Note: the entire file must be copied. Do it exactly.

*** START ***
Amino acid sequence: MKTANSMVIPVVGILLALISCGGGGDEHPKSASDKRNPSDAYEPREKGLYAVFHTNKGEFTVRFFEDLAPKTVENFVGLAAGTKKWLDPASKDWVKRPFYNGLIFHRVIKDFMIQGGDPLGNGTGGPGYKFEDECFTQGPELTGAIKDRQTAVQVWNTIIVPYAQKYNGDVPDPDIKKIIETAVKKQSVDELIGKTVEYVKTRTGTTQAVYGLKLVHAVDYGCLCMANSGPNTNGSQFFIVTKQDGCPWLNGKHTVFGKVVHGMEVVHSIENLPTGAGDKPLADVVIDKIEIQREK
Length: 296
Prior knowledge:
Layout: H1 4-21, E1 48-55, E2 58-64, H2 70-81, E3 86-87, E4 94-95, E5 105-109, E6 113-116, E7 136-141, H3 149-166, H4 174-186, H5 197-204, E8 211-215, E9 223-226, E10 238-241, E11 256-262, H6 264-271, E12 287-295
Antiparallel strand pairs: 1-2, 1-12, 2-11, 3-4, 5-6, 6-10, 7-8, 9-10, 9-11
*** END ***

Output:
Amino acid sequence: MKTANSMVIPVVGILLALISCGGGGDEHPKSASDKRNPSDAYEPREKGLYAVFHTNKGEFTVRFFEDLAPKTVENFVGLAAGTKKWLDPASKDWVKRPFYNGLIFHRVIKDFMIQGGDPLGNGTGGPGYKFEDECFTQGPELTGAIKDRQTAVQVWNTIIVPYAQKYNGDVPDPDIKKIIETAVKKQSVDELIGKTVEYVKTRTGTTQAVYGLKLVHAVDYGCLCMANSGPNTNGSQFFIVTKQDGCPWLNGKHTVFGKVVHGMEVVHSIENLPTGAGDKPLADVVIDKIEIQREK
Length: 296
Prior knowledge:
Layout: H1 4-21, E1 48-55, E2 58-64, H2 70-81, E3 86-87, E4 94-95, E5 105-109, E6 113-116, E7 136-141, H3 149-166, H4 174-186, H5 197-204, E8 211-215, E9 223-226, E10 238-241, E11 256-262, H6 264-271, E12 287-295
Antiparallel strand pairs: 1-2, 1-12, 2-11, 3-4, 5-6, 6-10, 7-8, 9-10, 9-11